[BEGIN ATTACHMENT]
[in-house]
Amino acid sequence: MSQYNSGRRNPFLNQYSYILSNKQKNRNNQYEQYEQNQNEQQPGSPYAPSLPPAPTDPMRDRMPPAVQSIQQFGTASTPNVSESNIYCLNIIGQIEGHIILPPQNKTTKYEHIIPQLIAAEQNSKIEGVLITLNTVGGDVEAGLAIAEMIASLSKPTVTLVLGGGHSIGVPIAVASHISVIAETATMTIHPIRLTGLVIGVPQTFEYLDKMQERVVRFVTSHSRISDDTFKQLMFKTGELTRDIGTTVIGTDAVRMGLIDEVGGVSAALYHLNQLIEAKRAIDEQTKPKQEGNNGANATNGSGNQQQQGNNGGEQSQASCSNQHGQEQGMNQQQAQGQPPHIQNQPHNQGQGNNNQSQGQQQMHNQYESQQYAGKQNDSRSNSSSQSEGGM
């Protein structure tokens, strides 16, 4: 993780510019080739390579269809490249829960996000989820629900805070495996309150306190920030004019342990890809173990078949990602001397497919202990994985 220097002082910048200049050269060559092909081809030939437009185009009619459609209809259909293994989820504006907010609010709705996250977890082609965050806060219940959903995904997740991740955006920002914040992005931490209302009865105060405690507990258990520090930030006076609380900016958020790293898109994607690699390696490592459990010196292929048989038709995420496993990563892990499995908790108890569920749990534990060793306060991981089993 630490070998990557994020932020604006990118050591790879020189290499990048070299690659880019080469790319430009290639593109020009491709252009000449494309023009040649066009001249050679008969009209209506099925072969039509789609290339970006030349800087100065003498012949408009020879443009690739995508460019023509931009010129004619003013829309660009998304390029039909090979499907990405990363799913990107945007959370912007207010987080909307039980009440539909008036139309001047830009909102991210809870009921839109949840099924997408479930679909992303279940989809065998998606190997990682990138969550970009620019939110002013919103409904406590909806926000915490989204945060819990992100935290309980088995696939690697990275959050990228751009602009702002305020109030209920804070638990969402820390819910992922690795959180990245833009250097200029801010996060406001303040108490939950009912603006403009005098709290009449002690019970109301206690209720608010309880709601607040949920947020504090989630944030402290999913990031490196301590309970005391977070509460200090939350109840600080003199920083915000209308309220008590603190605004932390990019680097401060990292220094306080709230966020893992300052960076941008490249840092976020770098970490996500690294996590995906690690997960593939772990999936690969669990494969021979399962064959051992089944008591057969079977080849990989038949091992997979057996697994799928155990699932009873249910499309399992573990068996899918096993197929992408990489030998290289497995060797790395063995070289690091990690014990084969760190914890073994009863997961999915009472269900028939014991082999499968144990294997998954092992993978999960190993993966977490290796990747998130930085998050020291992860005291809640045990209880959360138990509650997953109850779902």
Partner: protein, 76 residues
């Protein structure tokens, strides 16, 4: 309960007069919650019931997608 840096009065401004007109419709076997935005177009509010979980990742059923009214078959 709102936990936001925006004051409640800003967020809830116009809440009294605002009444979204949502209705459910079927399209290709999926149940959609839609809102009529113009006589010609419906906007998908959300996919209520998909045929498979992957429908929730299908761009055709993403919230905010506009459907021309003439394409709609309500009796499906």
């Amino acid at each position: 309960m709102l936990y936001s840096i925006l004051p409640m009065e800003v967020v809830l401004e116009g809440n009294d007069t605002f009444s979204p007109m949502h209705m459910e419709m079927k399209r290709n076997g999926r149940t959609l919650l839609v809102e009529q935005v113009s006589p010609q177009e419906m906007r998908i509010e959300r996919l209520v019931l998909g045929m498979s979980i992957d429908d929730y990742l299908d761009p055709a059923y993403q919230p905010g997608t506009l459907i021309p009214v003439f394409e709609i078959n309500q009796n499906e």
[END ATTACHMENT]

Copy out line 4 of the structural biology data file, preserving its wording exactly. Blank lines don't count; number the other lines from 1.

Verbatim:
Partner: protein, 76 residues